Reviews for The City

by Dean Koontz

Library Journal
(c) Copyright Library Journals LLC, a wholly owned subsidiary of Media Source, Inc. No redistribution permitted.

In the turbulent late 1960s, young Jonah Kirk wants nothing more than to be a great piano man like his grandfather, but music is only part of his destiny. As Jonah's world of significant people begins to expand, he learns some difficult lessons that help him mature into the man he will become-lessons involving life and death, good and evil, trust and betrayal. Are there supernatural forces at work? Maybe. Jonah sometimes thinks so. Items have juju, and aren't they prophetic dreams he's been given? Ominous foreshadowing pulls us from event to event. Jonah is nine through most of the story, but he narrates from the perspective of a middle-aged man, as though looking back with the wisdom of age. Although we don't know what is going to happen until the end, throughout the story we know that it is something terrible. The narrator tells us this much, but he teases us along. Verdict Koontz's ("Odd Thomas" series) stand-alone is like dynamite, with a long slow fuse that smolders quietly until exploding brilliantly. His many fans will want this.-Elizabeth Masterson, Mecklenburg Cty. Jail Lib., Charlotte, NC (c) Copyright 2014. Library Journals LLC, a wholly owned subsidiary of Media Source, Inc. No redistribution permitted.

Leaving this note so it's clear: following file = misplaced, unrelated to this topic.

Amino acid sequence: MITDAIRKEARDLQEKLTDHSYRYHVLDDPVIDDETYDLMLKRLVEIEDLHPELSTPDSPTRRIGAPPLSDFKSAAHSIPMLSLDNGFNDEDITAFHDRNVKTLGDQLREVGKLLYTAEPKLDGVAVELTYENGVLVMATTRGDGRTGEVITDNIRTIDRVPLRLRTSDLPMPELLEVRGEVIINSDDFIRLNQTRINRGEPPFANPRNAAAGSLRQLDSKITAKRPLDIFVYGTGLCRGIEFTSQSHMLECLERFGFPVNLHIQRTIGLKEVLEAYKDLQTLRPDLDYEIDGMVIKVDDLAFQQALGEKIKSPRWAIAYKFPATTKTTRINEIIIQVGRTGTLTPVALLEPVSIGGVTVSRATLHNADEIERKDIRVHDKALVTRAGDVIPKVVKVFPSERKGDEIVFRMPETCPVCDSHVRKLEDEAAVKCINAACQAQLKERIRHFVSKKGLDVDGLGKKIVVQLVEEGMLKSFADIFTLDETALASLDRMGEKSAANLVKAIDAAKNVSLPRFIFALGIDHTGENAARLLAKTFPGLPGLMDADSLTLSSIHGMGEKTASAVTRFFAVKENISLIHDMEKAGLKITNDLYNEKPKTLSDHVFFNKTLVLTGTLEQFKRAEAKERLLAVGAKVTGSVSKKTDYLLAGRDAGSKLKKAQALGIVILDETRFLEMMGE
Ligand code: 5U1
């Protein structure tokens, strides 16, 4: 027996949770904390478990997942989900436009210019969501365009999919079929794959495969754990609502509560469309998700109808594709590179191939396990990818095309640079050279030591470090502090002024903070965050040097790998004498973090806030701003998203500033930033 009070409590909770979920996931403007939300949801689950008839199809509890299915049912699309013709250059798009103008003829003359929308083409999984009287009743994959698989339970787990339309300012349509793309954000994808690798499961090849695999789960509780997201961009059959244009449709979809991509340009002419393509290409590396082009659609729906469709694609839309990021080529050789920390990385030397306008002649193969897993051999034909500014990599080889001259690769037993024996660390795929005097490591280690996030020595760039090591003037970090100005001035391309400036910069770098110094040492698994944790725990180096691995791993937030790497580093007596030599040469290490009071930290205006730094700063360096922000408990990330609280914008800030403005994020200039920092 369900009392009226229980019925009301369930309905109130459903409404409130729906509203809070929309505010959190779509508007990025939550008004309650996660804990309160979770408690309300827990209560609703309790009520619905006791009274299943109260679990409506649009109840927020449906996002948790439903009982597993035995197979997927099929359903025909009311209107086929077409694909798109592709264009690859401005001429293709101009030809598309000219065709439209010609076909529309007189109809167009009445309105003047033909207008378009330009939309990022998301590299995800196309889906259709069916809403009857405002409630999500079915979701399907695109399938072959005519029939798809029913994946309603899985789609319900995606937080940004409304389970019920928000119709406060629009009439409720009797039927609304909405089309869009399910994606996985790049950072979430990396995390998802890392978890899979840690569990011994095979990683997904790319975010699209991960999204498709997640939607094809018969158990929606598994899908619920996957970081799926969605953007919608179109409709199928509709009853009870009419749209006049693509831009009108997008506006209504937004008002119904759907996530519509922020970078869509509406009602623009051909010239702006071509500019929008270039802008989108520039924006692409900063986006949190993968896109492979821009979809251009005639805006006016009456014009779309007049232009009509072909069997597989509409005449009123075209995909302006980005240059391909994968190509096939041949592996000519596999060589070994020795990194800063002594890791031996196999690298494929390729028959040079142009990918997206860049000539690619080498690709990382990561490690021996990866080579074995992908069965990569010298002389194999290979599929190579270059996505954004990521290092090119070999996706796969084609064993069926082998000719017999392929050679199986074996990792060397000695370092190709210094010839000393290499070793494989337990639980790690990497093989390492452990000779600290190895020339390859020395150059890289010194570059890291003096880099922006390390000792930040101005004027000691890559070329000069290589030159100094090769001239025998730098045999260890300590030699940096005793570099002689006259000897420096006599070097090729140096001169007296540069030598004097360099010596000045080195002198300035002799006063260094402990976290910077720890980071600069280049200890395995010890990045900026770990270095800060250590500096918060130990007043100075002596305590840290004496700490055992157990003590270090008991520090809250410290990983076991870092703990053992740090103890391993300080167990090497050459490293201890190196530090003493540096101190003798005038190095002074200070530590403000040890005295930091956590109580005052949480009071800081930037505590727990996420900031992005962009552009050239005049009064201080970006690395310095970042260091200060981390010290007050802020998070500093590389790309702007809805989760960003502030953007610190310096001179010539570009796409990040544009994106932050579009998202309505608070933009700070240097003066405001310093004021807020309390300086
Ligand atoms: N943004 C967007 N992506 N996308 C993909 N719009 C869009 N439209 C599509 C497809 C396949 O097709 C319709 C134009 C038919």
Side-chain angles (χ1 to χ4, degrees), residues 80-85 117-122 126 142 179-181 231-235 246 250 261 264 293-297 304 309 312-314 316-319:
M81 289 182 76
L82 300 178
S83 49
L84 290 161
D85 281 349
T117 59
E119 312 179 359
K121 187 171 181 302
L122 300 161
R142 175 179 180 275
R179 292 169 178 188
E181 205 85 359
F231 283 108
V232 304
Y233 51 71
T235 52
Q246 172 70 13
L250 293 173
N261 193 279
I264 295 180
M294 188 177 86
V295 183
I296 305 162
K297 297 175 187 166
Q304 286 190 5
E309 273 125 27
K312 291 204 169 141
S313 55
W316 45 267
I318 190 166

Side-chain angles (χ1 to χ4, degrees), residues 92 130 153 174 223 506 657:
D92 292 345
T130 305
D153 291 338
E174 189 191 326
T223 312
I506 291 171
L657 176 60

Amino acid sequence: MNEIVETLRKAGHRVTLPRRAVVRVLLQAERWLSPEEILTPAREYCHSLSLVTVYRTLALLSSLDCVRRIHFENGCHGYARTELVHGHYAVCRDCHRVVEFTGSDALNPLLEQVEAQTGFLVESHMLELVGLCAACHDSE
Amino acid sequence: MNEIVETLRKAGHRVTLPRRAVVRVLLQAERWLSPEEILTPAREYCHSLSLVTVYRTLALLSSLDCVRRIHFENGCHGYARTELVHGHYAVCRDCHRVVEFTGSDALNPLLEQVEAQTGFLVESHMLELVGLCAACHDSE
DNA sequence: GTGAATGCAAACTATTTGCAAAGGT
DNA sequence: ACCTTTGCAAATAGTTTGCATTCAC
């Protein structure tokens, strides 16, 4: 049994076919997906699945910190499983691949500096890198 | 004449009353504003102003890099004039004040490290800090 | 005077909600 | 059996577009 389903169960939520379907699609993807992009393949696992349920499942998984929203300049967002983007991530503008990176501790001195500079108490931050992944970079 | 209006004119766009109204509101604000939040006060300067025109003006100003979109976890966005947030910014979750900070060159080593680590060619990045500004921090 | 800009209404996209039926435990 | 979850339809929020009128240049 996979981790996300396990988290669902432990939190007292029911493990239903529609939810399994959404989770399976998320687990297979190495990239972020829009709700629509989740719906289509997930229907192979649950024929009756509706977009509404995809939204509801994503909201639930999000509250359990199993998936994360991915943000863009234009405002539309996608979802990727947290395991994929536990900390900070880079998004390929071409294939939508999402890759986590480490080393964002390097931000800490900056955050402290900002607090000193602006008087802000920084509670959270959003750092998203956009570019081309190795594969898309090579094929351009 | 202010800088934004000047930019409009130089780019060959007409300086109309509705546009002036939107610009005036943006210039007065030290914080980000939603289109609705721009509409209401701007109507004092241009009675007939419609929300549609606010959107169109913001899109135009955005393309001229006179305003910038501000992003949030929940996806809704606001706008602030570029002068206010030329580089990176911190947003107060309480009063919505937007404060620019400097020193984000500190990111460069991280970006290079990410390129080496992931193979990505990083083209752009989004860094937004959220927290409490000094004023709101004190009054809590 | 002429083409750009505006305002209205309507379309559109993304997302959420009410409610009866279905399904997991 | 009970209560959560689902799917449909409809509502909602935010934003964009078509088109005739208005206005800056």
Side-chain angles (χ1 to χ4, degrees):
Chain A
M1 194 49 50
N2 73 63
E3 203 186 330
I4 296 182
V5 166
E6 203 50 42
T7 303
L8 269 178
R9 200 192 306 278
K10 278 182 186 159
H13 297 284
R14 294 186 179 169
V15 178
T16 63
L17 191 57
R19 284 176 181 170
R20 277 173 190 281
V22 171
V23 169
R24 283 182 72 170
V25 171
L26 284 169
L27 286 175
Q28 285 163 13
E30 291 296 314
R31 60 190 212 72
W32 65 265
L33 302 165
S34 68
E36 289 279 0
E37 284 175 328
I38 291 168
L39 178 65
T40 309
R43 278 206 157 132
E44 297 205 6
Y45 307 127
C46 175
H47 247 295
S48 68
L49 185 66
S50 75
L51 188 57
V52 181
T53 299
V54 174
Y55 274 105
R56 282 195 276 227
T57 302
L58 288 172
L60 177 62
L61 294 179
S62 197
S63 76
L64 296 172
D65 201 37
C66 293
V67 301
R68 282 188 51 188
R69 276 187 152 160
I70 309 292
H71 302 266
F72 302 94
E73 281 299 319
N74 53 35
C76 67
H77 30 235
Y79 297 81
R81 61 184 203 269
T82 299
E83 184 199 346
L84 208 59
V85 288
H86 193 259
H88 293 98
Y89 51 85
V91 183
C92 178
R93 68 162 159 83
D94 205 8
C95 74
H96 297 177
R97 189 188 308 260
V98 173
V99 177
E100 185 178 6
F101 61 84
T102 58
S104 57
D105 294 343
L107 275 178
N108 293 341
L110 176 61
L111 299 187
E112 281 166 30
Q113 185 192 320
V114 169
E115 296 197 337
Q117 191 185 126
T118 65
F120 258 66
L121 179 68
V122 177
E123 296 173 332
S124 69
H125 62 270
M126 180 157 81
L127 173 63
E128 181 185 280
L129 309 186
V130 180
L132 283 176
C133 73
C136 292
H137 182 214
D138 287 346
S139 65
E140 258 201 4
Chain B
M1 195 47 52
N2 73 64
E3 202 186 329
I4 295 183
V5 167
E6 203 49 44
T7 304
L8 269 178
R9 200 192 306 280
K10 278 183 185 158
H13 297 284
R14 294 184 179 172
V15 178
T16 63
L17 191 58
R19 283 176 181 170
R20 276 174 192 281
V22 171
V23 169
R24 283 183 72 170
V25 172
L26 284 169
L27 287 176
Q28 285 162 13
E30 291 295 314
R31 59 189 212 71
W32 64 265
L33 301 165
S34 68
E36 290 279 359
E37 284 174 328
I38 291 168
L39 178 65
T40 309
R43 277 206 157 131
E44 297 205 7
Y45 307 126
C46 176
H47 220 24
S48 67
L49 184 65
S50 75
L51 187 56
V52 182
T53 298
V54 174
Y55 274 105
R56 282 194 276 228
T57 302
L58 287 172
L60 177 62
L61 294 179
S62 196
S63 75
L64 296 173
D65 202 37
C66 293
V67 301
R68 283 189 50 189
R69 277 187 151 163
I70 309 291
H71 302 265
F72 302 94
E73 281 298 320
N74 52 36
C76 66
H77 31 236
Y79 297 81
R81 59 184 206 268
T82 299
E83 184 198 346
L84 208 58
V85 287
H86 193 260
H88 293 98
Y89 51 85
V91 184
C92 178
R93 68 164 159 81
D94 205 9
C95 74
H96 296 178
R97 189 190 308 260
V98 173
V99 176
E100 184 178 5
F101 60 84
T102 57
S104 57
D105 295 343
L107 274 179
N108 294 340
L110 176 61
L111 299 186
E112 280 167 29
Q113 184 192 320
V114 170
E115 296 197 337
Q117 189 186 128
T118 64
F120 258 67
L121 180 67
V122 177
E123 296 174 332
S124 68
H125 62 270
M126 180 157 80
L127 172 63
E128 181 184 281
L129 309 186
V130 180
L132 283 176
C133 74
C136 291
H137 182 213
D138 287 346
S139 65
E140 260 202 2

Book list
From Booklist, Copyright © American Library Association. Used with permission.

Self-described piano man Jonah Kirk, 57, recalls his most momentous years, 1965-67, in Koontz's somehow sunny new novel. That time began with his father's second desertion and the discovery of a plays-like-new Steinway at the community center, just in time for Jonah, gifted with an eidetic memory for melody, to learn music in earnest. It ended with nearly being killed twice by a cell of psychopaths masquerading as revolutionaries that includes his delinquent father as by far the least dangerous member. All along, a lovely woman who calls him Ducks and accepts his name for her, Pearl, comes to him, just a few times in all, to encourage him and alert him to forthcoming boons, like the Steinway, and perils. Meanwhile, he makes the best friends of his life, including the man who spearheads the fight against the cell, the boy who will become his lifelong musical colleague, and the first girl he ever adores. Bad as well as good things happen, and the thriller plot becomes secondary to warm character development as the book's prime attraction. High-Demand Backstory: The publicity push behind Koontz's new novel will be matched in public-relations success by the name recognition he so widely enjoys.--Olson, Ray Copyright 2010 Booklist